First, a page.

Dying Japanese Maple (Temukeyama) - Help!

Discussion in 'Maples' started by Hoonballer15, May 16, 2023.

  1. Hoonballer15

    Hoonballer15 New Member

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    Hello,

    First post here - hoping someone can help!

    I have a 4-ish year old Temukeyama JM that didn't exactly "spring" into action this season. Only a few branches at the bottom appear to be alive and full of new leaves. The majority of the tree is brittle (dead?) and didn't developed new growth this season. After hearing about root entanglement/suffocation, I did uncover the root flare (and have been told it was planted a few inches too deep), to find a very interesting looking situation...

    If anyone has any ideas as to what the issue is, and more importantly, how to correct it (in hopes of the tree living a healthy life), it would be greatly appreciated. Just looking for my next options!

    Thank you!
     

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  2. Acerholic

    Acerholic Paragon of Plants Forums Moderator VCBF Cherry Scout Maple Society

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    Good afternoon @Hoonballer15 and welcome to the maples forum.
    First of all, yes it appears to have been planted too deep, but that I feel is not the problem. IMO the soil looks very dry indeed and a lack of water could well be the problem. Looking at what you have uncovered, shows that the roots have not girdled the trunk YET. But they are on the way to doing so.
    You must trim the roots back, ie the ones that are heading back towards the trunk. And cover with soil and water well. Do not leave those roots to dry out.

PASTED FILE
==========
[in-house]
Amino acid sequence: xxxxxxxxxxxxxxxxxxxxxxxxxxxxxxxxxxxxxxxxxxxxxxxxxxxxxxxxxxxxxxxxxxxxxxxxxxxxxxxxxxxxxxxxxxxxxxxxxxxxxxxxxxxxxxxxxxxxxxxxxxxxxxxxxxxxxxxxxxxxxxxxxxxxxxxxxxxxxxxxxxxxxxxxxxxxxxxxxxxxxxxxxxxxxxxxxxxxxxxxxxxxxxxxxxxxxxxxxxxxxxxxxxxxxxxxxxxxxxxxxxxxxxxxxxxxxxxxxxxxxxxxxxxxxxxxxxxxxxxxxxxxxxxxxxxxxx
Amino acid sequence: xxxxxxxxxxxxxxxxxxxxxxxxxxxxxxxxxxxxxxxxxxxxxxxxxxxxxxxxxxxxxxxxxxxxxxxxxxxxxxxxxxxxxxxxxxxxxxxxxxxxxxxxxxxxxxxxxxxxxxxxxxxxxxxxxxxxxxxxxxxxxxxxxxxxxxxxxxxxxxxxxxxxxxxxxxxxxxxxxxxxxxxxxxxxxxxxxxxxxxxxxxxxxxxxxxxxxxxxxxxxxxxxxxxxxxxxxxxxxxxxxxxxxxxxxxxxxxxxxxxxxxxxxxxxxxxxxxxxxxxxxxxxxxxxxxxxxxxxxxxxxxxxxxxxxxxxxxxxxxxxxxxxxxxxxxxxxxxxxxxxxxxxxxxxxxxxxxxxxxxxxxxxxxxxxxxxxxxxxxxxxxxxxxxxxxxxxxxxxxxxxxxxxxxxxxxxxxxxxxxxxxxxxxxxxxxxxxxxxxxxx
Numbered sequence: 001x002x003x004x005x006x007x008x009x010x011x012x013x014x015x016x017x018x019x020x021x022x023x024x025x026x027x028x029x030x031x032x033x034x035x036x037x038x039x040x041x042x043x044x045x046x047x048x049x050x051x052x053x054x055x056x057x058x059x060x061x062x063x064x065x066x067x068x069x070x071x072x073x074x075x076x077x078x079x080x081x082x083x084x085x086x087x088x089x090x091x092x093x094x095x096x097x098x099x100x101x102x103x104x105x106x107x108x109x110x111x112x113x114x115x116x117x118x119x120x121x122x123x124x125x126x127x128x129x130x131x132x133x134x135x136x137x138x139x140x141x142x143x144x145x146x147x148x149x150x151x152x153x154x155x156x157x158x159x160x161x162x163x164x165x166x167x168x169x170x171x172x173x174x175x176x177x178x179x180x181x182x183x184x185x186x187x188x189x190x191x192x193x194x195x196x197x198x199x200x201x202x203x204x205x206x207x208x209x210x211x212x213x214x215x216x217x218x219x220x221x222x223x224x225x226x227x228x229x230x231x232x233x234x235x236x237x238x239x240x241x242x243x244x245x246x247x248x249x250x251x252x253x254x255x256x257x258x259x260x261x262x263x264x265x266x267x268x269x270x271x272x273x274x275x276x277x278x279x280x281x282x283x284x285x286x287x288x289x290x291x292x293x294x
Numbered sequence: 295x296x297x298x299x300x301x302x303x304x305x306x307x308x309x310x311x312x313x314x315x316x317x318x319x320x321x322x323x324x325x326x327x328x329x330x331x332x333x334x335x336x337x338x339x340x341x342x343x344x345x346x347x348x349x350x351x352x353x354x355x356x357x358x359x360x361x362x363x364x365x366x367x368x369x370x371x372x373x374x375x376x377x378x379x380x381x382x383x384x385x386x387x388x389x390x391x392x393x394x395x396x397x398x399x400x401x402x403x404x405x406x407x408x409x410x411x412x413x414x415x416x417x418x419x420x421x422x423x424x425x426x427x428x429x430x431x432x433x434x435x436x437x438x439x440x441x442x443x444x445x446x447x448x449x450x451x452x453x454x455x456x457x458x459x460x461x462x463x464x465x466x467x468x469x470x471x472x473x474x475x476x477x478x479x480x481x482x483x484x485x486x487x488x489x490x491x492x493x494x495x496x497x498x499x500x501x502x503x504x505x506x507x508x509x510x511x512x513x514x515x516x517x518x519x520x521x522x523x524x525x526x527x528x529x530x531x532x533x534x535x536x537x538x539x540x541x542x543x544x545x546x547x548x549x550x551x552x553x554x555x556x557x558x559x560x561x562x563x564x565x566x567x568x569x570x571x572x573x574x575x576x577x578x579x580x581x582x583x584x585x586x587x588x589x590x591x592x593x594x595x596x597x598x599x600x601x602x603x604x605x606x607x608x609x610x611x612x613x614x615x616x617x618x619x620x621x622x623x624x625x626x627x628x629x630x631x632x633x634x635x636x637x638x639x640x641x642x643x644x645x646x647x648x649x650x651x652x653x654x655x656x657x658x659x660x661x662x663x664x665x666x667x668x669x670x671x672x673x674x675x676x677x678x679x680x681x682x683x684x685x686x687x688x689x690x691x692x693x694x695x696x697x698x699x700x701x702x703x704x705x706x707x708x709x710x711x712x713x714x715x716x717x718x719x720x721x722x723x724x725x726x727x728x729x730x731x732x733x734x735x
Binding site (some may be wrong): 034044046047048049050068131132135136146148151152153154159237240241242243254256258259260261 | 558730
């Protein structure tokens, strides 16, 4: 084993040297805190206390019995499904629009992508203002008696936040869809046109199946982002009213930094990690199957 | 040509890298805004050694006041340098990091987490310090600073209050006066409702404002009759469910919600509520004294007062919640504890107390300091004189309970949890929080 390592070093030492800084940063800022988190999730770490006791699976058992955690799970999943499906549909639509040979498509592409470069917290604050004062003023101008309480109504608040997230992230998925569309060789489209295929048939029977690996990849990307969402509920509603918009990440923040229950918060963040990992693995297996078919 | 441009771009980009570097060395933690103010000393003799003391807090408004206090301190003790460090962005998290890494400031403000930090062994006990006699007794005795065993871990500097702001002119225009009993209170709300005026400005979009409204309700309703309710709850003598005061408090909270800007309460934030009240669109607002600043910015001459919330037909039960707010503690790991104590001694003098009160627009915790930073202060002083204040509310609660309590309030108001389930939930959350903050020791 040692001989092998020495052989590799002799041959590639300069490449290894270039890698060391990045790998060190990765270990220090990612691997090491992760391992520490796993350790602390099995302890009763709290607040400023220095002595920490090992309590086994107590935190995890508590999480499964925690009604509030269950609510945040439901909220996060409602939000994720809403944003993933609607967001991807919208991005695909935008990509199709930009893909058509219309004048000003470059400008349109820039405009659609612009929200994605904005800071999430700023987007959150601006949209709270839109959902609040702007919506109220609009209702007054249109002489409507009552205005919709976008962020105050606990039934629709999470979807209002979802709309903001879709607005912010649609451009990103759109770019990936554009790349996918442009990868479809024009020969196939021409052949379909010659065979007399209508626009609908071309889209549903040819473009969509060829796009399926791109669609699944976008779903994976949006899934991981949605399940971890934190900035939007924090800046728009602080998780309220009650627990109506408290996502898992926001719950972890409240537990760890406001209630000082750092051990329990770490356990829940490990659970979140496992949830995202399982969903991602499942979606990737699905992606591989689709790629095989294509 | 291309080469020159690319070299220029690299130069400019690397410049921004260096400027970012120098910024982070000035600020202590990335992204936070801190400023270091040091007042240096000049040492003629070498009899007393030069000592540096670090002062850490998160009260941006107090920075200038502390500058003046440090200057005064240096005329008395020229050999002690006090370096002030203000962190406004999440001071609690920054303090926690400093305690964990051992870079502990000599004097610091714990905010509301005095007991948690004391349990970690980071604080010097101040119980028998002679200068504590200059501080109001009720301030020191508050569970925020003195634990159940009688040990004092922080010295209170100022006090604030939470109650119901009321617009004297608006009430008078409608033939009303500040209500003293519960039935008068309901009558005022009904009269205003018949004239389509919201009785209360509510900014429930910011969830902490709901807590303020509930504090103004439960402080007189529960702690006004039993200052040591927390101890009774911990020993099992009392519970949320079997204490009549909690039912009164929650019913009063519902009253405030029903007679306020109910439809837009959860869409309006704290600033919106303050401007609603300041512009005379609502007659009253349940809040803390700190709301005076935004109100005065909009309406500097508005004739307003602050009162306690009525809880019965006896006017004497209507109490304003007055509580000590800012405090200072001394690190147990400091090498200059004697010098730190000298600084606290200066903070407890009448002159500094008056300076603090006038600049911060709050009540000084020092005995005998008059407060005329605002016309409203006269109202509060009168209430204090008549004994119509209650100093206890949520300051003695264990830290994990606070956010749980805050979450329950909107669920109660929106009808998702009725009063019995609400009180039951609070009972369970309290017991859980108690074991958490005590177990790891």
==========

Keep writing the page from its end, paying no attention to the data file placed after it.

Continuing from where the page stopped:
Next you will have to be drastic and cut all the dead wood back. Yes that might leave you with just one healthy branch, but it is necessary.
    To check if any branch is in fact dead. Do a fingernail test on each branch, scraping it back to see if there is any green beneath the brown bark. I don’t think you will find any on any branch,except the one with leaves.
    Then ensure the tree is given water each seek and especially if you have a very dry period. Then hopefully it will come back. It is a 50/50 chance and will take a couple of years to look anything close to nice. But it's worth a try.
    Do not be tempted to feed it, as this will cause it more stress. Just cut back and check the soil weekly to ensure it doesn't dry out.
     
  3. Hoonballer15

    Hoonballer15 New Member

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    Thanks for that. I can assure you that this tree/soil has always been watered thoroughly, but I did let it dry out a few days to investigate the roots - hence the dryness pictures.

    When you say to cut off dead branches, are you only referring to the branches or the main trunk down to the first live branch? I added a photo with the area I'm referring to - would I cut everything from the yellow line up, or just the branches off the main trunk?

    thanks again...
     
  4. Acerholic

    Acerholic Paragon of Plants Forums Moderator VCBF Cherry Scout Maple Society

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    Good to hear it has not been left to dry out. And yes everything that is dead wood remove. You will probably find on the fingernail test that the trunk above the live branch is also dead. But do check before removing.
    Make sure your tools are cleaned with rubbing alcohol before and after cutting. It's very easy to transfer disease from one tree to another from dirty blades.
    This all sounds quite drastic I know. But dead wood will not come back to life. And you do not want it dying gack into the good branch.
     
  5. opusoculi

    opusoculi Rising Contributor 10 Years

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    Tamuke yama is a old strong Acer variety tested for long a time; fall colours comes in late autumn.
    When in end of winter, you have so many dead branches, you can suspect a disease in ground as Verticillium , or so.
    Did you observe anything abnormal during last end of summer? As early fall colours in september for instance.
     
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  6. Hoonballer15

    Hoonballer15 New Member

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    Nothing abnormal last season. It was only the last few weeks, when the bottom few branches were sprouting fresh red leaves, and the top branches remained lifeless and dead.
     

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